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  • PhD Defense- Koki Nagano

    Wed, Apr 19, 2017 @ 10:30 AM - 12:30 PM

    Thomas Lord Department of Computer Science

    University Calendar

    PhD Candidate: Koki Nagano

    Committee: Paul Debevec (CS, chair), Hao Li (CS), Jernej Barbic (CS), Aiichiro Nakano (CS), Michelle Povinelli (EE)

    Title: Multi-scale Dynamic Capture for High Quality Digital Humans

    Time: April 19 (Wednesday) 10:30-12:30pm

    Room: KAP 164


    Digitally creating a virtual human indistinguishable from a real human has been one of the central goals of Computer Graphics, Human-Computer Interaction, and Artificial Intelligence. Such digital characters are not only the primary creative vessel for immersive storytellers and filmmakers, but also a key technology to understand the process of how humans think, see, and communicate in the social environment. In order for digital character creation techniques to be valuable in simulating and understanding humans, the hardest challenge is for them to appear believably realistic from any point of view in any environment, and to behave and interact in a convincing manner.

    Creating a photorealistic rendering of a digital avatar is increasingly more accessible due to rapid advancement in sensing technologies and rendering techniques. However, generating realistic movement and dynamic details that are compatible with such a photorealistic appearance still relies on manual work from experts, which hinders the potential impact of digital avatar technologies in real world applications. Generating dynamic details is especially important for facial animation, as humans are extremely tuned to sense people's intentions from facial expressions.

    In this dissertation, we propose systems and approaches for capturing the appearance and motion to reproduce high fidelity digital avatars that are rich in subtle motion and appearance details. We aim for a framework which can generate consistent dynamic detail and motion at the resolution of skin pores and fine wrinkles, and can provide extremely high resolution microstructure deformation for use in cinematic storytelling or immersive virtual reality environments.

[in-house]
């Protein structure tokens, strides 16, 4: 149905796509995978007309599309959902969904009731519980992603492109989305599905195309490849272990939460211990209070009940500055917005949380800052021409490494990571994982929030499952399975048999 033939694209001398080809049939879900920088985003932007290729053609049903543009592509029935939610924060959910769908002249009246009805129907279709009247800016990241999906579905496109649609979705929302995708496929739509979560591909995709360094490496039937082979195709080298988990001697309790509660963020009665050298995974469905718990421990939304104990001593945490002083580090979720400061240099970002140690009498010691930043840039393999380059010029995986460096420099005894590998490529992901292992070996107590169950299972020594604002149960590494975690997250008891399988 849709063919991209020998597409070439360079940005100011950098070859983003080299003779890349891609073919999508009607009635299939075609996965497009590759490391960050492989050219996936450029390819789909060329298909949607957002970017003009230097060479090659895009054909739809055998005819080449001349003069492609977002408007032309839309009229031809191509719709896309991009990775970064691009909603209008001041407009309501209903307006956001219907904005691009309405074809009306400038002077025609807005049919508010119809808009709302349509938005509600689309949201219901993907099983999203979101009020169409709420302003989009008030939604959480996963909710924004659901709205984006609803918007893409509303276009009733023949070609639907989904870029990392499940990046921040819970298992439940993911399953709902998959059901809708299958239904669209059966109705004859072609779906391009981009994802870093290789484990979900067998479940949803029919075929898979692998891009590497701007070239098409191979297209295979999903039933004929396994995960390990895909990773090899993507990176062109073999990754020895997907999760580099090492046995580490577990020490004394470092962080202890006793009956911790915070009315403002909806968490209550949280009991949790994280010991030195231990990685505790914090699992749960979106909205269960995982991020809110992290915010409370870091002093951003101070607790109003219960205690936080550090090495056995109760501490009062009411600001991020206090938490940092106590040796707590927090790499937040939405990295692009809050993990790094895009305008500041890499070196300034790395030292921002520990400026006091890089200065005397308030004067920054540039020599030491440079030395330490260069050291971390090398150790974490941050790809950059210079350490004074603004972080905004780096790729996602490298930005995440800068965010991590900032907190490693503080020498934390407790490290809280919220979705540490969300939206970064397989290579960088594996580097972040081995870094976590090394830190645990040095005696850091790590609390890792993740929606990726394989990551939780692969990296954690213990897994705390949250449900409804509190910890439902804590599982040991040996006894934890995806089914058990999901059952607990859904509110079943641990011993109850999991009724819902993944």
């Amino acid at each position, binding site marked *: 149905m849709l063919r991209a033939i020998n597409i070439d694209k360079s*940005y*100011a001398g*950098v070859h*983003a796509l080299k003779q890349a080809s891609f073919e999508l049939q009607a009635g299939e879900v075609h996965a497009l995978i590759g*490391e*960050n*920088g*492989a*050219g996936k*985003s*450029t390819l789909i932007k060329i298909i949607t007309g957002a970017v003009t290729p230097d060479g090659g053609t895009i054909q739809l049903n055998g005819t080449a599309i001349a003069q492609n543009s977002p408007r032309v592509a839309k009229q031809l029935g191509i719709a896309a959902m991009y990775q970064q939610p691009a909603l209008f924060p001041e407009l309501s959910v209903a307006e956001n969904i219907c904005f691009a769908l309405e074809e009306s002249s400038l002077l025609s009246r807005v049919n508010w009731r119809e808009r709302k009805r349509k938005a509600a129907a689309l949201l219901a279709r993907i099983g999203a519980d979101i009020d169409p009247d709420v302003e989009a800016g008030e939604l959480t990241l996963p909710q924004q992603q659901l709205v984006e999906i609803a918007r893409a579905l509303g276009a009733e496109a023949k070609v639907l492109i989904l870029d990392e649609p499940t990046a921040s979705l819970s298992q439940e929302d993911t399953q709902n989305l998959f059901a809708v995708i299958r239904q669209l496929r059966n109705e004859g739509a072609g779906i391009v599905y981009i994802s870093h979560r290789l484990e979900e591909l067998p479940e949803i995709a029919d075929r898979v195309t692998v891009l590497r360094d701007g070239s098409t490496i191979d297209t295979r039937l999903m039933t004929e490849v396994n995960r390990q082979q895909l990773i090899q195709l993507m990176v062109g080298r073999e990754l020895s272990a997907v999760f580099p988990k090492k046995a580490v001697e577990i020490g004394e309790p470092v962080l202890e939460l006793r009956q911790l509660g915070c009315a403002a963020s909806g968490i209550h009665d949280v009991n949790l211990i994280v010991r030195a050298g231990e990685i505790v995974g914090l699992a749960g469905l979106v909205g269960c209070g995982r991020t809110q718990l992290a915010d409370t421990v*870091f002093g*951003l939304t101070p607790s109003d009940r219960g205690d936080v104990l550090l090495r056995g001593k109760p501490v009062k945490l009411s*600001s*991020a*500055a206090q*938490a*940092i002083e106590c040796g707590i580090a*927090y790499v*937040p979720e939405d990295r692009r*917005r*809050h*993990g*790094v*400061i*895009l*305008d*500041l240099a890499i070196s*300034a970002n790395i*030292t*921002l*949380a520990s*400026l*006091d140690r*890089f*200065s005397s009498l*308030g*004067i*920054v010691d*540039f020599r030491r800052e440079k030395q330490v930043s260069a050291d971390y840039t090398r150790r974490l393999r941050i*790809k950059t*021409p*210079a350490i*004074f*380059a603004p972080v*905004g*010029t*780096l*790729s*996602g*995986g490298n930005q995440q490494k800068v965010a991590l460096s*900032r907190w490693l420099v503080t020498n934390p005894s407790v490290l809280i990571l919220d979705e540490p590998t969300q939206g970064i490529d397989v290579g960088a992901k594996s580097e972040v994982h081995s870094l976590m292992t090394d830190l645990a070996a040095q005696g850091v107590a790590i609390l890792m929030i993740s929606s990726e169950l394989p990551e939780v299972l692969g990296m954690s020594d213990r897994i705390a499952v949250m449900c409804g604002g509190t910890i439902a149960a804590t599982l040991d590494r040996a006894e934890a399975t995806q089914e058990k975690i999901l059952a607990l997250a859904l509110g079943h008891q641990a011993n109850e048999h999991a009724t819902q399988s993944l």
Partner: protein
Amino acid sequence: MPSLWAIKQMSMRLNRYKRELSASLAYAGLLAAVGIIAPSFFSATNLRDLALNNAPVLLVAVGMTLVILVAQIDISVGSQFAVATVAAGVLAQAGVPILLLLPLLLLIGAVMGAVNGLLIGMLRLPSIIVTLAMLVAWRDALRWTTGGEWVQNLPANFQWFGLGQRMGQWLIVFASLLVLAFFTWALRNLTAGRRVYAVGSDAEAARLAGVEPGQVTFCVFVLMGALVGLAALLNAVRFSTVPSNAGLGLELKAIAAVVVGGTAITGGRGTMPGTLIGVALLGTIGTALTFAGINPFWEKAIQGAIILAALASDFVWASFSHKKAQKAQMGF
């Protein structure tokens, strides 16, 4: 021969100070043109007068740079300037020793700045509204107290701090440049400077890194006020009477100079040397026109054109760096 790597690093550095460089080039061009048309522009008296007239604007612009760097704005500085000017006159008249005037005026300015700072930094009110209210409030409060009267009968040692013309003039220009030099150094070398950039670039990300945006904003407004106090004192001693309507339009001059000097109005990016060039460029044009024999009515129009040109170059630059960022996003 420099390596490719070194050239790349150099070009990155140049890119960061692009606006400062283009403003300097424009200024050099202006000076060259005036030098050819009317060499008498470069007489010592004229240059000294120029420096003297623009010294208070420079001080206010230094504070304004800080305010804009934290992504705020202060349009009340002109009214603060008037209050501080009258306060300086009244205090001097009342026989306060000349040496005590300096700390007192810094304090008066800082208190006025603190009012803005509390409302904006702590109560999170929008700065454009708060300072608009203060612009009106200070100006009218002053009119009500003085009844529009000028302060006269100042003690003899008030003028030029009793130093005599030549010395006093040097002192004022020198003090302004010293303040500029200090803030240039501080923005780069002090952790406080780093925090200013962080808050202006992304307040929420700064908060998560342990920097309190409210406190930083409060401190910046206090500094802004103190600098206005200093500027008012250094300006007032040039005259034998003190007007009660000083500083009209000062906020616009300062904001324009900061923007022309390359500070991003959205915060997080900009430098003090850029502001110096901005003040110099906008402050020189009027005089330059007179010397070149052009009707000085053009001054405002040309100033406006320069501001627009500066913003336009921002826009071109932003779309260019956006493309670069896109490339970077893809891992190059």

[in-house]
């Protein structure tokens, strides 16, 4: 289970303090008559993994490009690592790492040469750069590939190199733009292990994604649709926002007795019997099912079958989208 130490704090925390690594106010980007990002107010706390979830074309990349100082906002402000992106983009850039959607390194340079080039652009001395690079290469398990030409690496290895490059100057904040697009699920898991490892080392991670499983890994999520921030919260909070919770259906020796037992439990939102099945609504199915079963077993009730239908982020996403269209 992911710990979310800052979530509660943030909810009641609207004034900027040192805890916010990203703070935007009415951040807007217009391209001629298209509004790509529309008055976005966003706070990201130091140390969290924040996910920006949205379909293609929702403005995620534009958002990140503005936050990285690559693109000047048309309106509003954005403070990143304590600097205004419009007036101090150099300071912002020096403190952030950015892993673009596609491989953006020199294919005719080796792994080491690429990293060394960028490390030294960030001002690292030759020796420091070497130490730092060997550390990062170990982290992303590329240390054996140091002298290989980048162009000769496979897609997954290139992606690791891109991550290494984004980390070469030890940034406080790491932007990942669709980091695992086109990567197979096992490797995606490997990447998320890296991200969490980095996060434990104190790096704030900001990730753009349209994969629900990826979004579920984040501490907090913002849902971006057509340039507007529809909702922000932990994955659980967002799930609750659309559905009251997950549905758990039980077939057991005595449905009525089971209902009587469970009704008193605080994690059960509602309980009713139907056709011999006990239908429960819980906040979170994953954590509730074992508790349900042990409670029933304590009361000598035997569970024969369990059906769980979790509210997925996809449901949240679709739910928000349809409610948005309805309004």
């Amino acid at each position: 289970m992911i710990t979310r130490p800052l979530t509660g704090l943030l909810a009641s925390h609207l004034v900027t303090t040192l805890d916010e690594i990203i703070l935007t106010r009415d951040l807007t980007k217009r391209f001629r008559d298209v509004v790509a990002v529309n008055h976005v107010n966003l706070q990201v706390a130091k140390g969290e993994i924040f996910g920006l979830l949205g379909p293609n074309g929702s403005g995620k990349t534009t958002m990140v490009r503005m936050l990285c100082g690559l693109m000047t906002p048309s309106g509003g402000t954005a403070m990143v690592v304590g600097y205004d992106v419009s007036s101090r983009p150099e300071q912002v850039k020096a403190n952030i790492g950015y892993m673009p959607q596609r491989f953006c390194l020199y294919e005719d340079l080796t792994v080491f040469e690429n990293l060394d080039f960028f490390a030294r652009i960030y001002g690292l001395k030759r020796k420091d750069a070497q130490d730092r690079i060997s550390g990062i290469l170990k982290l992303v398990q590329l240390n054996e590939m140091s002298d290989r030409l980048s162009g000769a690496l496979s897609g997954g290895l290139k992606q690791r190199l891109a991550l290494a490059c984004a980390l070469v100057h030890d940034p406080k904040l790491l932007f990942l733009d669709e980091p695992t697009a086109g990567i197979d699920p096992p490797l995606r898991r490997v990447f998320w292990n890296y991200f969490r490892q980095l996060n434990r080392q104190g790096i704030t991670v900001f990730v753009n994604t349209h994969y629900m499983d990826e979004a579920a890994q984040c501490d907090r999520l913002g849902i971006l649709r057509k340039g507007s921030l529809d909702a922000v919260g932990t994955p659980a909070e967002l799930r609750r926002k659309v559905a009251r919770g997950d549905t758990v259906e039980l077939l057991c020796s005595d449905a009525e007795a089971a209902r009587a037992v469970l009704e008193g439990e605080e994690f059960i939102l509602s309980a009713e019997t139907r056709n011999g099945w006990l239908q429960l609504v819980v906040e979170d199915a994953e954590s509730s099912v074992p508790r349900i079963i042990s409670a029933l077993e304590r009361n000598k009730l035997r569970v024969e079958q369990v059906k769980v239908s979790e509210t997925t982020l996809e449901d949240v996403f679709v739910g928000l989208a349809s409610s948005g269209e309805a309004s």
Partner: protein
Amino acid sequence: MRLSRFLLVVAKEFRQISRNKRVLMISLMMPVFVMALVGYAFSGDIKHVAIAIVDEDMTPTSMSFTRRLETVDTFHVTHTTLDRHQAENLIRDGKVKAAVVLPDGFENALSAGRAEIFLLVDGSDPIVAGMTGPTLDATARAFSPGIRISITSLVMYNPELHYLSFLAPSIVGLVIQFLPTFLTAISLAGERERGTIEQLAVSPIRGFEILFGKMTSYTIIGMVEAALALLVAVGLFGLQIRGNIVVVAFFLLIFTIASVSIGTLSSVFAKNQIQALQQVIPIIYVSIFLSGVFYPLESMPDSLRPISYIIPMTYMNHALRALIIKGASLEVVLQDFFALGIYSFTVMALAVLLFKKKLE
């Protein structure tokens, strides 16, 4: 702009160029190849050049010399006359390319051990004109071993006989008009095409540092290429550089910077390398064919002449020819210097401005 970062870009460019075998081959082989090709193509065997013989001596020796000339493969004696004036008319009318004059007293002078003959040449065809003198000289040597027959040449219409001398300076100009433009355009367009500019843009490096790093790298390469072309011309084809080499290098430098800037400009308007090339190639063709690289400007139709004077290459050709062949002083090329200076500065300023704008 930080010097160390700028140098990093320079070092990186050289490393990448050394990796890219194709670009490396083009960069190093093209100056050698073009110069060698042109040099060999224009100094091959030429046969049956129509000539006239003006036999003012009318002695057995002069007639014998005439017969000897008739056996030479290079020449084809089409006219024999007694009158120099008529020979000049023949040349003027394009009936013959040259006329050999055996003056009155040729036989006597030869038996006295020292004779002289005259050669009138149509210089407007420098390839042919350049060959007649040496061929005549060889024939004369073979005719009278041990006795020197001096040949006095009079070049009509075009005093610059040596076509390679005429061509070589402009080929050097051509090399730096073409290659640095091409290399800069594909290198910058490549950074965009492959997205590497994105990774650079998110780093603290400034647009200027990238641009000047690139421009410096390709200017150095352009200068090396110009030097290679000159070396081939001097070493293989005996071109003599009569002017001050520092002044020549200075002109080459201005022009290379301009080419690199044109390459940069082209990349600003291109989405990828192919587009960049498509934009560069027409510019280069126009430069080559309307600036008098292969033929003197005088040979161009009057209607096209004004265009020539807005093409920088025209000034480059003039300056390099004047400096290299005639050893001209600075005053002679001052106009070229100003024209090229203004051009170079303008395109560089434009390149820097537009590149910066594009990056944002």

This thesis presents three principal techniques for achieving multi-scale dynamic capture for digital humans. The first is a multi-view capture system and a stereo reconstruction technique which directly produces a complete high-fidelity head model with consistent facial mesh topology. Our method jointly solves for stereo constraints and consistent mesh parameterization from static scans or a dynamic performance, producing dense correspondences on an artist quality template. Additionally, we propose a technique to add dynamic per-frame high and middle frequency details from the flat-lit performance video. Second, we propose a technique to estimate high fidelity 3D scene flow from multiview video. The motion estimation fully respects high quality data from multiview input, and can be incorporated to any facial performance capture pipeline to improve the fidelity of the facial motion. Since the motion can be estimated without relying on any domain-specific priors or regularization, our method scales well to modern systems with many high-resolution cameras. Third, we present a technique to synthesize dynamic skin microstructure details to produce convincing facial animation. We measure and quantify how skin microstructure deformation contributes to dynamic skin appearance, and present an efficient way to simulate dynamic skin microstructure. When combined with the state-of-the art performance capture and face scanning techniques, it can significantly improve the realism of animated faces for virtual reality, video games, and visual effects.

    Location: Kaprielian Hall (KAP) - 164

    Audiences: Everyone Is Invited

    Contact: Lizsl De Leon

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